Hi Richard I could not beleave when I read your article, I have been suffering for years with a prostrate condition and its so funny, because when Im not on my morphine the pian is so horrible I just would have to end my life but the fact that my rite side when I press on my rite foot my rite insides in the pelvic region feeel;s like it will rip my insides out and you name the pain all the sharp burning radiating then I could go on and on I have been considering suiside because the pain pills are causing a severe depression my only hope is to have a pain implant put in cause i cant live to much longer with it all combined and yes one of my worst night mears is if they the docters stoppped beleaving my and stopped the pian meds my pain is bad enough but then with withdraw I would have to take my life and even thought some of the test they have ran shows prostrte trouble some even urogoloist cant see how I could be in that much pain that i need pain pills the other side is lets say 50 miligrams time rel;eaed every tweleve hours takes the pain away shorthy after I take it I will get verey depressed then I cant get of the sofa unless I take a slightly highe does just for engery then its just a horrible life and Im scared to death that im tried of thr fight Im trying to get them to do the implant cause just cant take it please respond ccuase sounds to me we may have the same prostrate condition thanks Richard Minjares..

  • Richard.

    You’re right, it does sound like we have a simillar condition, although yours sounds like it is more out of control than mine. First of all I take far more morphine than you and have none of the side effects that you are worrying about: depression etc. In fact because of the morphine I can have a semblance of a life.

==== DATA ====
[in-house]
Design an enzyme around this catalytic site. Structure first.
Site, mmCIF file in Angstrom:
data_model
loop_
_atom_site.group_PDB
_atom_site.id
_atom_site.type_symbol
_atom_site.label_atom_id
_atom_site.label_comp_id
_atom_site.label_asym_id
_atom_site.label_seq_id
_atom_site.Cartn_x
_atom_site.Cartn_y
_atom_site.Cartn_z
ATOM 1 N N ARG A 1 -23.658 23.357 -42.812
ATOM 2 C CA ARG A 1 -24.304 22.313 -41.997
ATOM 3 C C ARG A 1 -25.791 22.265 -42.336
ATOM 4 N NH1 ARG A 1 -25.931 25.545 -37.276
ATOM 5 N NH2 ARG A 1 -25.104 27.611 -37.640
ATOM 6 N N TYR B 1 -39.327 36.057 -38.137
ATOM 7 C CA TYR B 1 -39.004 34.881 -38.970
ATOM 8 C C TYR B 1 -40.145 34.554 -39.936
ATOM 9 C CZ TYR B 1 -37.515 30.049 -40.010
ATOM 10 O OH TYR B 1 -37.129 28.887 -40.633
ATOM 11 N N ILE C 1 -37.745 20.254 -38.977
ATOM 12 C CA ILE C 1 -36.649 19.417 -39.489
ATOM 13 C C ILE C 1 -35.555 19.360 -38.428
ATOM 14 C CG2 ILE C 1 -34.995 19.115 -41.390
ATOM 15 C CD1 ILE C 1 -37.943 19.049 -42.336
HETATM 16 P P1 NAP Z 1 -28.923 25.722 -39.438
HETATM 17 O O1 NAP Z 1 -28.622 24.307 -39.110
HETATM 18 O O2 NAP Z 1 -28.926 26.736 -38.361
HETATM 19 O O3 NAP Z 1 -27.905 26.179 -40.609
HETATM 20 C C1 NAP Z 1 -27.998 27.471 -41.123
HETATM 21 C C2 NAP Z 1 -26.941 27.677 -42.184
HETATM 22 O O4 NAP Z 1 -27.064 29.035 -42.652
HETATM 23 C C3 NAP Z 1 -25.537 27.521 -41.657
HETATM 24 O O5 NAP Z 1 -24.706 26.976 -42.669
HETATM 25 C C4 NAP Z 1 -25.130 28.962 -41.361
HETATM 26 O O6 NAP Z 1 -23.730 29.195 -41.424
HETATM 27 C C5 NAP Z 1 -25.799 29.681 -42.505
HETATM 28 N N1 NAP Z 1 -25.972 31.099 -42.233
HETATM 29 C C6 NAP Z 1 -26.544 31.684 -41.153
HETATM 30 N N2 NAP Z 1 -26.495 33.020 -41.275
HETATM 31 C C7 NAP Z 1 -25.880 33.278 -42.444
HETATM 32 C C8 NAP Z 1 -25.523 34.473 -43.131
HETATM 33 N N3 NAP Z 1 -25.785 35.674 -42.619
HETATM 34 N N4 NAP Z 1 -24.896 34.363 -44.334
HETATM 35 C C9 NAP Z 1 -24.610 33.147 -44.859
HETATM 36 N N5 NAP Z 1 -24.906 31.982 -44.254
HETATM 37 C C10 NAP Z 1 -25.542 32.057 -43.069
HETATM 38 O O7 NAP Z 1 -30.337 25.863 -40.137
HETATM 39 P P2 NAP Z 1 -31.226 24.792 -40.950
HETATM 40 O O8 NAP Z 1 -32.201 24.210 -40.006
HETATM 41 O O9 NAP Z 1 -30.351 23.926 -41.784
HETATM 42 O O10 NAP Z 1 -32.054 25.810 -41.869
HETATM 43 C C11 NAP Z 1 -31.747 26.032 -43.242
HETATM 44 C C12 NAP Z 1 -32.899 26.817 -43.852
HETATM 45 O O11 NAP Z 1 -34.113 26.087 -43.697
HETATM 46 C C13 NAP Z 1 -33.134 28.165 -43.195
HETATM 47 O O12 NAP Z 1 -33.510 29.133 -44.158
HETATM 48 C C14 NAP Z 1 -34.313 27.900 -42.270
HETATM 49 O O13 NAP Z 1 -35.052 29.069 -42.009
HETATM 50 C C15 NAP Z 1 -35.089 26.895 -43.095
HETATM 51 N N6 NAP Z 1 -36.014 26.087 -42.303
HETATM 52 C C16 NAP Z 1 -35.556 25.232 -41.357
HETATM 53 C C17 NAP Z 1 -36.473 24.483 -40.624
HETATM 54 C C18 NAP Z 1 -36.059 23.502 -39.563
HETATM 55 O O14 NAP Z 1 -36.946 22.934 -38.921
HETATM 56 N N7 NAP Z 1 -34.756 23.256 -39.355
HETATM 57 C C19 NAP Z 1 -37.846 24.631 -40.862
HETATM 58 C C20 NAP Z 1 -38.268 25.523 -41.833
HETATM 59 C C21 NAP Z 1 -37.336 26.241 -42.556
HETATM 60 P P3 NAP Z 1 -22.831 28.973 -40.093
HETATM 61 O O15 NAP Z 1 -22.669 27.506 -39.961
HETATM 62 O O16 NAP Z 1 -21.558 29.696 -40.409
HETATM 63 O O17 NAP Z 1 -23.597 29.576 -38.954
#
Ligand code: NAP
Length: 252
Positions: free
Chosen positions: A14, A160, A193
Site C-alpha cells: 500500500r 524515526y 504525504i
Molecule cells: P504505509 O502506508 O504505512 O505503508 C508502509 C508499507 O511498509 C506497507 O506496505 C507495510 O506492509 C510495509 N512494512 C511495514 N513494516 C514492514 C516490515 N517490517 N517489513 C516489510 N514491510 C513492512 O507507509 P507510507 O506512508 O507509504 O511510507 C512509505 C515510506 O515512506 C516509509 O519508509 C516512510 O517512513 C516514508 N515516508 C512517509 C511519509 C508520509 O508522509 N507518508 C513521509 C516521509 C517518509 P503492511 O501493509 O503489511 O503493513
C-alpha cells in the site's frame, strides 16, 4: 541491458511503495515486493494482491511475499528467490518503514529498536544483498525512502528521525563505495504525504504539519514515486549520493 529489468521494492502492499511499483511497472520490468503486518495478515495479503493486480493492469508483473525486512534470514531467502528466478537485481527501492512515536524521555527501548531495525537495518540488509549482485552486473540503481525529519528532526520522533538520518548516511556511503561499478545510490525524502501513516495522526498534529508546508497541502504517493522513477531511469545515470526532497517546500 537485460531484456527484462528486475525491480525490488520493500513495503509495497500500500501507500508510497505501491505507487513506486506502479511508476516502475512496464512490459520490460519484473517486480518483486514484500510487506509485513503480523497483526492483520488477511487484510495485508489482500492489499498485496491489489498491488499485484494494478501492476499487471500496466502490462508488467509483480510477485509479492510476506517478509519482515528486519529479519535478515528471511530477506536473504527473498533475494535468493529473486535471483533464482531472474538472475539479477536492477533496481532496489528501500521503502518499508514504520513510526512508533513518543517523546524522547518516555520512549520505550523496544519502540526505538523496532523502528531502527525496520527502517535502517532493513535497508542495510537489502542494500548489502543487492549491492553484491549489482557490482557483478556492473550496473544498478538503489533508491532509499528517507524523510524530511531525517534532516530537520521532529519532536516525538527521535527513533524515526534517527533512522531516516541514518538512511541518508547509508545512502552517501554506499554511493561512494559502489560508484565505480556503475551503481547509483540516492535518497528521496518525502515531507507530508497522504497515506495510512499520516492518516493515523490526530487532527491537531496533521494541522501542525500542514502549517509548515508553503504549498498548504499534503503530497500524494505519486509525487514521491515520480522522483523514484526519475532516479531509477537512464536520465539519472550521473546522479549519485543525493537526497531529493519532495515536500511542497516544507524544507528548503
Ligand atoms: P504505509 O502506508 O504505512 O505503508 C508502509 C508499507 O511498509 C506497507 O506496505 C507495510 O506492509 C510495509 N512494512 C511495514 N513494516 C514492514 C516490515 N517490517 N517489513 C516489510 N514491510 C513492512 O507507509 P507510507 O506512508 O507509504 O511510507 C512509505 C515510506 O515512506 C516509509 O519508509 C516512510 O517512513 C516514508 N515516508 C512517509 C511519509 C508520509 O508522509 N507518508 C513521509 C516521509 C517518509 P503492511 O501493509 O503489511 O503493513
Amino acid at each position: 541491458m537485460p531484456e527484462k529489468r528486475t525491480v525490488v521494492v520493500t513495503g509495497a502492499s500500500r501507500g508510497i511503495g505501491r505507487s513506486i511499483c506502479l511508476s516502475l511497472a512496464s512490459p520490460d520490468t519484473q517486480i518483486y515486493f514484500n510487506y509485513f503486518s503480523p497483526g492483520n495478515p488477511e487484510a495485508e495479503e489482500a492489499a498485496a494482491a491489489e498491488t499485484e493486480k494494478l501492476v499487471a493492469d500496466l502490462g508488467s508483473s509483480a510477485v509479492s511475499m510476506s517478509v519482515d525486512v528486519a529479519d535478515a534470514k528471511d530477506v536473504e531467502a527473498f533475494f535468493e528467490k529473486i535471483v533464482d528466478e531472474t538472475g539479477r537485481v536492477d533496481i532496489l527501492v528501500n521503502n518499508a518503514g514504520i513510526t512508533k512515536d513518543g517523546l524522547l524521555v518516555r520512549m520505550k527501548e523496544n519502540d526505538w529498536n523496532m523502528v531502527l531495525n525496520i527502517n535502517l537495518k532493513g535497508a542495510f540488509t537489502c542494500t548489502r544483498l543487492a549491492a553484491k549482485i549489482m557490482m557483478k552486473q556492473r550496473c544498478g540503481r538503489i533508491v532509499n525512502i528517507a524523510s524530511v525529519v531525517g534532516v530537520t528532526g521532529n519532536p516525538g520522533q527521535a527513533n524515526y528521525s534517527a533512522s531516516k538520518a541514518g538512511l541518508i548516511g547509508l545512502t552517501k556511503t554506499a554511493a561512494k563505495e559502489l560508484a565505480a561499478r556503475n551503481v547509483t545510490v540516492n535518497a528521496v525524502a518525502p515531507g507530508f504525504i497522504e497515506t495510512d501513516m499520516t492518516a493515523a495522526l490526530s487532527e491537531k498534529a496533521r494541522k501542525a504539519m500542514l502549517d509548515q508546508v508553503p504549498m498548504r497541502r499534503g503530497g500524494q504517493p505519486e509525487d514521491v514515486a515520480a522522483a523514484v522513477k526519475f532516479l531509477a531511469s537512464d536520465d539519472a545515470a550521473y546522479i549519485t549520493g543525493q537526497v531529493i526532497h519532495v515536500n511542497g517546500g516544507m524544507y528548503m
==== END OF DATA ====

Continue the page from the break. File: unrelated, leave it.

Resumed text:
I take 100mg of long lasting morphine evey 8 hours, in other words 300 a day. That way I never experience a “high” or a “low” from the meds, because I have a continual barrier against some of the pain. Of course I still have spike periods, where I have to take a quick acting dose for immideate relief, and those are the only times I feel any sort of effects, like drowsyness etc.

    Which is okay for those periods, because you have to be able to escape the pain when it gets too bad and there is nothing wrong with wanting that. I usually find if I do fall asleep after taking a short term pill, that when I wake up the muscles have been able to relax during sleep sufficently to help the pain subside.

    I would ask your doctors to try and get you into to seeing a pain specialist if you are able to. I don’t know what kind of treatment you would be offered, it really does depend on where you live and the doctor you see. But at the least you may get an accurate diagnosis, and proper pain management.

    My pain specialist did say that what I suffer from is very often misdiagnosed as prostrate problems, but because of the way your pain is presenting itself; down your leg, up into your abdoman and through the entire pelvic area, it really does sound like you are experiencing what I do.

    Try getting a higher dose of morphine, and taking it more often throughout the day. You could probably take 50mg. every eight hours and find relief, just because of how little you’ve been taking. Initially you might experience some drowsiness after taking it, but that will pass after a week or so, so don’t worry about that too much.

    Your body needs sleep anyway, I’m sure that you don’t sleep well, so if you have to lie down, just remember that it’s helping you feel better. I’m not suprised your uroligists don’t understand why you are in so much pain from your prostrate, it’s because it’s not your prostrate causing the pain most likely.

    I had a flare up around seven years ago and they thought it was my prostrate, because I reacted when they pushed on it, it just turns out that the area around there is part of the inflamed tissue so reacting during a prostrate examine is to be expected.

    Push them to get into seeing a pain doctor, or somebody simillar. You may have to go to a sport’s medicine doctor, I don’t know. If you have someone who can do that sort of research for you, about what is offered in your part of the world for chronic pain sufferers,get them to make the phone calls.